A judge who has attacked the Ministry of Justice’s slow response to the coronavirus crisis has alleged that he was put under 'improper and undue pressure' by senior judges to decide a case.

On Tuesday Judge Keith Raynor, sitting at Woolwich crown court, refused to extend the time that a teenager charged with drugs offences could be held in custody before his trial, and lambasted the Ministry of Justice’s measures to deal with the growing backlog of criminal cases.  


Woolwich crown court

Source: Alamy

In an email to barristers and journalists in the early hours of this morning, the judge alleged that he had felt 'pressurised' to extend the custody time limit in the case.

He said that he had received an email from Judge Christopher Kinch, QC, the most senior judge at Woolwich, in which he referred to the fact that the lord chief justice, Lord Burnett of Maldon, had put his name to the foreword in the government’s 'Criminal Courts Recovery Plan,' endorsing the Ministry of Justice’s efforts to keep the courts running during the pandemic.

Referring to the lord chief justice’s comments, Kinch said: 'Like it or not, this seems to me to be an intervention that is difficult to overlook.'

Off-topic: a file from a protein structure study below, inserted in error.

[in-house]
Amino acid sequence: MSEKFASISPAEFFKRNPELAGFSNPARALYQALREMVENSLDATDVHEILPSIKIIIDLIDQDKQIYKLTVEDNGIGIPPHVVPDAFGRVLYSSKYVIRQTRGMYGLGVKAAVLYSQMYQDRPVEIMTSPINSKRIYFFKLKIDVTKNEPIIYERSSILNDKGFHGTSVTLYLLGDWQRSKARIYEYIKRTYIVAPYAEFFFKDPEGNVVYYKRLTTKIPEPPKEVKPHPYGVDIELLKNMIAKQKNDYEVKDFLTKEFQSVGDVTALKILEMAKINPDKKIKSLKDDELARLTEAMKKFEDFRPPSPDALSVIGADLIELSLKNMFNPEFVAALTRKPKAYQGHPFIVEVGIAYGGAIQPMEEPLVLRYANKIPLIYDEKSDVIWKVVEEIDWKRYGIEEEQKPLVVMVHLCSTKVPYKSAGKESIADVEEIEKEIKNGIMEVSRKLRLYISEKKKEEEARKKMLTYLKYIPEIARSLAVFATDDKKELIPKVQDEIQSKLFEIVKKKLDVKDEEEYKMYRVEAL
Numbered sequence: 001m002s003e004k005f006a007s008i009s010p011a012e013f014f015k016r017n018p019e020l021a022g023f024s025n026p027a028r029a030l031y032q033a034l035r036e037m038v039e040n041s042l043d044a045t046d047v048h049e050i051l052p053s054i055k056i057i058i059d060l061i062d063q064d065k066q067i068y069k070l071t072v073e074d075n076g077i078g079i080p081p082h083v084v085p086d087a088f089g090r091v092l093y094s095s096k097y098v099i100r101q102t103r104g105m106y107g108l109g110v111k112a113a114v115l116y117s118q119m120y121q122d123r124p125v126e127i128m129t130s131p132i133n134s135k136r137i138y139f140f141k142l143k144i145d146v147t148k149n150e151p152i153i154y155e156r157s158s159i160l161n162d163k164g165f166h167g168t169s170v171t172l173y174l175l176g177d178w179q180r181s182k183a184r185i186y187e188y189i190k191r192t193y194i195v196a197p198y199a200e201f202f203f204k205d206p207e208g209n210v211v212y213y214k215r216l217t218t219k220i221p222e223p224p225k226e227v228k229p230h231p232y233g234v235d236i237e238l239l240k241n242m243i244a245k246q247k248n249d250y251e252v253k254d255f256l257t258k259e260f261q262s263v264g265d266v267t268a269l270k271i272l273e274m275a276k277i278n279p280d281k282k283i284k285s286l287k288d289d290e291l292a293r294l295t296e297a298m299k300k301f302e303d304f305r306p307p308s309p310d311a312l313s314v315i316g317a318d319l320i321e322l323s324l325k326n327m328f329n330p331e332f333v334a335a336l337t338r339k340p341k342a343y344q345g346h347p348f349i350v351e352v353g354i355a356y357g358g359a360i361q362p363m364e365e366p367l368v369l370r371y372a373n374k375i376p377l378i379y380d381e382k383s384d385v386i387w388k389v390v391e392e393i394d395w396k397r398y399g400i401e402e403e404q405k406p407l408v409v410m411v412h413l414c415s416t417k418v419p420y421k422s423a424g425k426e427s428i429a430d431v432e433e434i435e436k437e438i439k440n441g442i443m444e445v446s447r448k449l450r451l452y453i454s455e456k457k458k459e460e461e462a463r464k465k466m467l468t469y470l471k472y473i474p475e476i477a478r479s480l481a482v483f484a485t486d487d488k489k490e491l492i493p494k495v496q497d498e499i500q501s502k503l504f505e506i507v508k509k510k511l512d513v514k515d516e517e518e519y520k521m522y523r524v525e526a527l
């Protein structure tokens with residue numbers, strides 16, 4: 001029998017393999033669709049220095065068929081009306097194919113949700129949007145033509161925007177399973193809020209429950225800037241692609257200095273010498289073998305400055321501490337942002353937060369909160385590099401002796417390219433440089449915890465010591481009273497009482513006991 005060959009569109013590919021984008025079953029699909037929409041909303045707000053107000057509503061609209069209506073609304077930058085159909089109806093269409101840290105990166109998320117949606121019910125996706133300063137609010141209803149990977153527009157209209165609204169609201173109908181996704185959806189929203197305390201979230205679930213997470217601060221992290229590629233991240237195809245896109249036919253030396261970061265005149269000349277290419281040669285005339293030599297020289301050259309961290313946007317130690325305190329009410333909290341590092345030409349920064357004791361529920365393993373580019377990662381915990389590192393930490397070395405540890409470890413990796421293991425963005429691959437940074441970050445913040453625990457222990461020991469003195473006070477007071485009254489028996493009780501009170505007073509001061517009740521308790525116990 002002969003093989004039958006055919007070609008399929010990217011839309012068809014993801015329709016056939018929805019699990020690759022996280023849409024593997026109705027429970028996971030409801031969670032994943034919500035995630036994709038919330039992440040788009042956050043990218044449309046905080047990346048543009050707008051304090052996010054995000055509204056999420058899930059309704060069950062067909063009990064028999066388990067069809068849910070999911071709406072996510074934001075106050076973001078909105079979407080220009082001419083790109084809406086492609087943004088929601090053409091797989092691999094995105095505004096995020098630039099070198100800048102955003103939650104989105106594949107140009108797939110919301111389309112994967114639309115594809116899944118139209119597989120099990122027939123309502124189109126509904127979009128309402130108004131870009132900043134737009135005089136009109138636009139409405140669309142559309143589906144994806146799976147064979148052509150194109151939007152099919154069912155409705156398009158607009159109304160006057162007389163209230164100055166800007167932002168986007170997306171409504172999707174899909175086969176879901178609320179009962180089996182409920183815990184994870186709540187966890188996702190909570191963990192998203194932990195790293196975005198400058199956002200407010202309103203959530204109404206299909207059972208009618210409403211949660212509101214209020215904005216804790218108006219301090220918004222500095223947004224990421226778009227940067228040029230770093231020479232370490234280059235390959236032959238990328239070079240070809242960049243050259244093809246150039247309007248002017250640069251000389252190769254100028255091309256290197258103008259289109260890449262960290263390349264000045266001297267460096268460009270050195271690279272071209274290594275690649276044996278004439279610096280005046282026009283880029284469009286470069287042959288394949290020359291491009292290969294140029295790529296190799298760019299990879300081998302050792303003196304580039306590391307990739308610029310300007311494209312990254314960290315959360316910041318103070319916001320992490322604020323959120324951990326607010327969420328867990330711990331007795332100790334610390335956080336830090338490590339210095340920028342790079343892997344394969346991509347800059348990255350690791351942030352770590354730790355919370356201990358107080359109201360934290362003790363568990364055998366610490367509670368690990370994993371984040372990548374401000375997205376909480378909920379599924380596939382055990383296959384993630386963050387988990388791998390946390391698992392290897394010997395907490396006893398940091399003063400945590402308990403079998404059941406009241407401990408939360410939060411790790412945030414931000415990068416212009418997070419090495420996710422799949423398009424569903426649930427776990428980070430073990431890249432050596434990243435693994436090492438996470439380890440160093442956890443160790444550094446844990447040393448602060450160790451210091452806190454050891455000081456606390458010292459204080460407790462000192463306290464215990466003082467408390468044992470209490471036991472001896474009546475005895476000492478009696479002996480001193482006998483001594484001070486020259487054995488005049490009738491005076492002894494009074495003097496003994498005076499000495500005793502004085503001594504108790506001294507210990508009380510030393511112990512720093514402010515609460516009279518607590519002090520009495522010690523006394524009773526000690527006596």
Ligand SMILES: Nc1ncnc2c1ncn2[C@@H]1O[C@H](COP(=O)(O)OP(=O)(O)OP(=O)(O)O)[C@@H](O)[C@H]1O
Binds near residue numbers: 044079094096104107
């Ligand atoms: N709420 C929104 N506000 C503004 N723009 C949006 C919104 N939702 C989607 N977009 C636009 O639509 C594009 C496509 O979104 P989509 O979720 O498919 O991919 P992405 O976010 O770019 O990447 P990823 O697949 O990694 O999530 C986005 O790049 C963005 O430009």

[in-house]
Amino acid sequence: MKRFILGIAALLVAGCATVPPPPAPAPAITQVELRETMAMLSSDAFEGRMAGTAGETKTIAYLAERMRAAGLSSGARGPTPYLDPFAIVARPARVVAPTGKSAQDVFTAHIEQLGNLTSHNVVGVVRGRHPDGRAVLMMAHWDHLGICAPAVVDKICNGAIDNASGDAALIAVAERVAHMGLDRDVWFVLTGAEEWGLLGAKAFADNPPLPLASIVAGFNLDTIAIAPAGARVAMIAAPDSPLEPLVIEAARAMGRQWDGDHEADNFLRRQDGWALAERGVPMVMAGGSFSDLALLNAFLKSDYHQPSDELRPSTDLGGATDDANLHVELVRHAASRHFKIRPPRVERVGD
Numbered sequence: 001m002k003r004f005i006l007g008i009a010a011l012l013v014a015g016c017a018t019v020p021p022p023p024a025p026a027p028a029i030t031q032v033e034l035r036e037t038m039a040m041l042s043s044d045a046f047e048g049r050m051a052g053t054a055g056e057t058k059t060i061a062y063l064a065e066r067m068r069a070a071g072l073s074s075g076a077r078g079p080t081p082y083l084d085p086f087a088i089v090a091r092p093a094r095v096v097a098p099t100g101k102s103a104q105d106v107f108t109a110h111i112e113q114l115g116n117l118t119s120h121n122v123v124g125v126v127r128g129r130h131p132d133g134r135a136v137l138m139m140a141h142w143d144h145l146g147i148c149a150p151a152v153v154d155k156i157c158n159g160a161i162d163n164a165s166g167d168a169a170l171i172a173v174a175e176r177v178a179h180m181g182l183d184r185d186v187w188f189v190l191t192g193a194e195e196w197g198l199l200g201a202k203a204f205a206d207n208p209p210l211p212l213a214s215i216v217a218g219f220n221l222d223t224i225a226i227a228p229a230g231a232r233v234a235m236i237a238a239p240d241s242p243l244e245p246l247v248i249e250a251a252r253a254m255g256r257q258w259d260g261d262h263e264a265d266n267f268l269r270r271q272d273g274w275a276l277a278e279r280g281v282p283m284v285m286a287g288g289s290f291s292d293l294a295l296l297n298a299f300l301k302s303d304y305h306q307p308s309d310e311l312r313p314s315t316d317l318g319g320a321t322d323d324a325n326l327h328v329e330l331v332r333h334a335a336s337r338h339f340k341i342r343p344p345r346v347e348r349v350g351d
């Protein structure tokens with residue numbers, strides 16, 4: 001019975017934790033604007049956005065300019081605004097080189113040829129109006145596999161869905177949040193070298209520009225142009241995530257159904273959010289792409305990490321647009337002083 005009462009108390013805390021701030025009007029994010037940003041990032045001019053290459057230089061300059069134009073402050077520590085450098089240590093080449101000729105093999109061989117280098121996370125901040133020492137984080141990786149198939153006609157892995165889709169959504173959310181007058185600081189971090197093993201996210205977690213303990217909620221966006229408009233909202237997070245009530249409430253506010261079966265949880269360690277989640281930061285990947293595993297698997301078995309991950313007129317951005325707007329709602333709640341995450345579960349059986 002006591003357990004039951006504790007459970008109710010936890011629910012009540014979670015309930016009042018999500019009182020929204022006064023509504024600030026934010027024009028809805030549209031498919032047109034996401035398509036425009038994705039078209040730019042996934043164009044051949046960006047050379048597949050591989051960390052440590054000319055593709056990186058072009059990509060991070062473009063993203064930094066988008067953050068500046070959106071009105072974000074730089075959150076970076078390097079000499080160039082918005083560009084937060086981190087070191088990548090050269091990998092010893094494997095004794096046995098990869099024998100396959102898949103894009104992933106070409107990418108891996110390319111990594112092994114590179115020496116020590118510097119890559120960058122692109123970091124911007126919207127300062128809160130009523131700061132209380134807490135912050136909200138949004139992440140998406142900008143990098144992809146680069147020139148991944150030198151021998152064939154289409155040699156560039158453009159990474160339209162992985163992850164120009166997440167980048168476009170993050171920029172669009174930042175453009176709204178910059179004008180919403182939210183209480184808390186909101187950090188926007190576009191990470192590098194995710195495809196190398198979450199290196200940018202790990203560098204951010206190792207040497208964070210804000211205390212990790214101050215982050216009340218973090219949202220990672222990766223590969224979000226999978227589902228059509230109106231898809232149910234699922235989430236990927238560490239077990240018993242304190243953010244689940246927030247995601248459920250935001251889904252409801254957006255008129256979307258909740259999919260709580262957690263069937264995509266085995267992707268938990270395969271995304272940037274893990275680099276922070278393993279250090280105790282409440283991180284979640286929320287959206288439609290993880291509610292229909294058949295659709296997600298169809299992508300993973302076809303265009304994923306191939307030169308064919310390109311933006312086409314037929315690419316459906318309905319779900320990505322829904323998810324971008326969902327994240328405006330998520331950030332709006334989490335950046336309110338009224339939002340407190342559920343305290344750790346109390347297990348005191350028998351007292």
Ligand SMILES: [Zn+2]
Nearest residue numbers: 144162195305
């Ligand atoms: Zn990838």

Judge Raynor said: 'I took this as a clear indication that I must "side" with the LCJ and grant the CTL extension application'. He added: 'I feel that I was subjected to improper and undue influence by HHJ Kinch QC to make a ruling extending the CTL.'

Judge Raynor also claims that 'within hours' of giving his ruling in that case, he had another case on extending custody time limit, for a defendant charged with attempted murder, removed from him on the instruction of the senior presiding judge, Lady Justice Thirwell.

The case has been given to a High Court judge, Lady Justice Whipple, even though Judge Raynor is the trial judge and has dealt with numerous other hearings in the case.

In his email, he quoted comments made in court yesterday by Sarah Forshaw, QC, the barrister acting for the man charged with attempted murder, in which she expresses concern over the propriety of events.

Foreshaw said there was a risk that it created a perception to her client and the wider public that the 'senior judiciary', who were unhappy with previous decisions made by Judge Raynor, had drafted in a High Court judge to deal with the case, in order to 'achieve a desired result'.

She said: 'I would like to know the reason why a High Court Judge has been selected to hear the CTL application, so that I can allay my client’s fears that the High Court Judge has been selected due to some political influence.'

The Gazette has asked the judiciary for comment.